The two bracket members 46 and 48 serve a second function in that they support the third important element to the tree limb tapering apparatus. A hollow pipe mem ber 70 which comprises a closed tube is supported by apertures formed in both of the vertical plate members 54 and 58 spaced outwardly of the cylindrical brush assemblies. Plate 54 is provided with aperture 72 while plate 58 is provided with aperture 74 for receiving the ends of the hollow pipe or tube 70. The pipe is provided with a series of jet nozzles 76 at the forward end of the table, the nozzle 76 being directed downwardly at a slight angle so that the fluid is ejected into the nip 64 or line of contact between the cylindrical brush members 60 and 62. Steam, from a steam supply (not shown), passes through conduit 80 to a fiuid coupling 82 carried by the longitudinally extending pipe 79, whereby steam is ejected through the individual, spaced nozzles 76 to the area of contact between the rotating brush assemblies. Valve means 78 may be suitably employed to control the steam issuing from the nozzles. The steam acts to heat the tip sections 14 of the brush assemblies as they pass between the driven cylindrical roller-type brushes at the forward end of the machine, whereupon the heated filaments lose their elastic memory and are compressed by the brushing action of the roller-type brushes. If the axis of the brush assembly were in line with the direction of limb movement, all of the needles in contact with the brush members would be deformed equally; that is, they would all lie generally in line with the limb axis in a highly matted condition. Instead of providinga gentle taper, they would merely change the position of the filament-type needles from a radial position to an in-line position. By having the axis of the brush roller assembly at some slight angle away from the in-line position, those needles at the extreme outer end of the tip section are held within the nip of the brushes for a longer period of time and are thus inclined to a greater angle with respect to their previous right angle radial position. With the forward end 84 of the brush assembly being heated by the steam issuing from jet 76, the tip section 14 in passing into the nip area 64 has its filaments simultaneously pressed and heated. Almost instantaneously, the filaments are heated to the degree necessary for them to momentarily loose their elastic memory property. While they are not heated to any appreciably greater degree as they move out toward the position shown in FIGURE 1, the filaments themselves within the tip section remain compressed between the brush rollers to a lesser or greater degree and once they reach the position shown in FIG- URE 1 and are cooled, they retain their inclined attitude to effect the soft taper indicated by the completed product within hopper 10.
Note further, in FIGURE 3, that the upper and lower roller-type brushes 60 and 62 are themselves formed of stiff radial fibers 86 which tend to brush out the needle filaments within limb tip section 14. Thus, the tip of Christmas tree limb 12 is actually brushed rather than being compressed and matted by hard surface rollers.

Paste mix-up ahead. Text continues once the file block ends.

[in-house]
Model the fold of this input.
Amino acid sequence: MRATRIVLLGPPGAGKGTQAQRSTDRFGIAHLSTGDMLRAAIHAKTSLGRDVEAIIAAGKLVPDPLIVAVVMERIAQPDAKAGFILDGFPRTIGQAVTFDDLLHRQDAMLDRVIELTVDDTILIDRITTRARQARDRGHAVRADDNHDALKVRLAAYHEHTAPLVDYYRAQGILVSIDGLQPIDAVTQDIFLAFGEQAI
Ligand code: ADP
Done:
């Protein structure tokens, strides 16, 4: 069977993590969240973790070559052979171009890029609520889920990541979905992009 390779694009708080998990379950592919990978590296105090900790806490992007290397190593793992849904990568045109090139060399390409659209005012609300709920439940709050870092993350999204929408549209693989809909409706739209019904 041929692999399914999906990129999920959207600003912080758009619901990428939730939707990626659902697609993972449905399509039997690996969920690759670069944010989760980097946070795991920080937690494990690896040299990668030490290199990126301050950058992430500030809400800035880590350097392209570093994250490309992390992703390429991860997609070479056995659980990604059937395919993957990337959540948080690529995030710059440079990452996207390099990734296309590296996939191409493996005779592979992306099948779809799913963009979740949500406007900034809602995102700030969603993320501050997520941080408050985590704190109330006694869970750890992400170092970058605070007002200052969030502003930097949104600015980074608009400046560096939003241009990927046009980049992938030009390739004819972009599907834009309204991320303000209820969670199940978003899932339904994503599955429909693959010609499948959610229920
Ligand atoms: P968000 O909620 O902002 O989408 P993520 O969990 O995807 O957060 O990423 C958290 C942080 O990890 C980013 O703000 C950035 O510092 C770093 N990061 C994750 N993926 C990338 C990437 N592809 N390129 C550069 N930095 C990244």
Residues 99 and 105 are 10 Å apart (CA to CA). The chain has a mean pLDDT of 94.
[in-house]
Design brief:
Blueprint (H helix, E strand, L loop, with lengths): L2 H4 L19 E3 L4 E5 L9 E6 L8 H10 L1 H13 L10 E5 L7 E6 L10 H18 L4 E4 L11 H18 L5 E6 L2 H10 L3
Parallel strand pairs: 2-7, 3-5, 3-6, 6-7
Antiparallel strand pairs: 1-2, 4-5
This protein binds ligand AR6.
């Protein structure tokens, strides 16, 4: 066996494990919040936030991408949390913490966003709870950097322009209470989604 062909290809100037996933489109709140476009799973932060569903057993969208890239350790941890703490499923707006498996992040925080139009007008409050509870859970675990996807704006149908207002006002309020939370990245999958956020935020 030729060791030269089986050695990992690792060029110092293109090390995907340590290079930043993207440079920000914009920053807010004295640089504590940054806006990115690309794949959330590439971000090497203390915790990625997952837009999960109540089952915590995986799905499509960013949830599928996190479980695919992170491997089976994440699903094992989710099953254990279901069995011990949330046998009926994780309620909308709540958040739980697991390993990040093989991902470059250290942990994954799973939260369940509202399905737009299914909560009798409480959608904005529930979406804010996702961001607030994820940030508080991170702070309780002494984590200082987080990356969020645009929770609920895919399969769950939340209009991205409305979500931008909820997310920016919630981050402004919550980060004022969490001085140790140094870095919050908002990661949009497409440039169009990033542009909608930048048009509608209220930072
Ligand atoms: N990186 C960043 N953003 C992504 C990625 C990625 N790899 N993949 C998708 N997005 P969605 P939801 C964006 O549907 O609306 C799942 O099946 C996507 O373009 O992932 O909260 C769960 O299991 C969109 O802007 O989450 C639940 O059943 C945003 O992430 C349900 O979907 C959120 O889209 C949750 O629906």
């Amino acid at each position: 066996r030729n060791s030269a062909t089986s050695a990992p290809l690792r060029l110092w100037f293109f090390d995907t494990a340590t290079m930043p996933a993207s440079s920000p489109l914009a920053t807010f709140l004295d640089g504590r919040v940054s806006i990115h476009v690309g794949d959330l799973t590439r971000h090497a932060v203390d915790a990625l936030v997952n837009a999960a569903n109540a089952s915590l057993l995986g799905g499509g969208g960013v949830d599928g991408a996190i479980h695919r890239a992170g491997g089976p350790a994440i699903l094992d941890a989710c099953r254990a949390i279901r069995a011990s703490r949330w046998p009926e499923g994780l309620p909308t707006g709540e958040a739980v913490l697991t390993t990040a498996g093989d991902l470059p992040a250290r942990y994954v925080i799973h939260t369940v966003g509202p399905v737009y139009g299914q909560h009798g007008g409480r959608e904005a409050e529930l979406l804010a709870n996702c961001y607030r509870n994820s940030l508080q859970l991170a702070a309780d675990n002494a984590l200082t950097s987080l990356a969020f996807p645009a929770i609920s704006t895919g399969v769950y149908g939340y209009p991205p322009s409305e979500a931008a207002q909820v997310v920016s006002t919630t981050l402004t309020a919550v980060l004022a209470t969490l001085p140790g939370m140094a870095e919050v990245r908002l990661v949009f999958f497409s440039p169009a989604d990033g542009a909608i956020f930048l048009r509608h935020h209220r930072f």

From FIGURE 3, it is also clearly evident how the brush assemblies are heated. The jet of steam 88 which issues from nozzles 76 carried by pipe 70 permeates the area of nip 64 between the brush fibers 86 to effectively heat the needle-like filaments 18 of the Christmas tree limb tip section 14. Pivotable cover or hood 38 tends to maintain steam in the working area, but may be rotated about hinge 39 to provide access for repairs, etc. The ends of the machine are open to allow feeding and discharge of a series of limbs to be tapered.
Reference to FIGURE 4 shows a branch or limb configuration 12 in which a pair of brush roller assemblies and steam heating means positioned at some angle on either side of the endless conveyor means act to simultaneously taper both ends to form dual tapered tip sections 14. The apparatus performing this function is identical to that shown in FIGURES 1 through 3 with the exception that duplicate heating and brushing means are provided on each side of the endless conveyor means.
In FIGURE 5, an alternate form of Christmas tree limb 12" is provided which incorporates, in addition to the main limb section 15, a pair of diagonally directed cross-limbs 17. The main limb section and the diagonal cross-limb sections 17 have tip sections 14" lying in a common plane. All of the tip sections are tapered simultaneously by passing the limb assembly 12" through the apparatus of FIGURE 1 in the same manner as the single section Christmas tree limb 12.
It is contemplated that certain changes may be made while still practicing the invention, such as employing means other than a pair of rotating brushes, positioned for rotation in the manner shown at some angle to the line of movement of the limb or steam jets acting to heat the limb at the point of contact with the rotating brushes. For instance, rather than steam, heated air or heated liquid, such as water, may be used which may issue from the same type of jet discharge system. It is possible that air jets, etc., could be substituted for the brushes, and by varying fluid velocity, the desired taper could be achieved.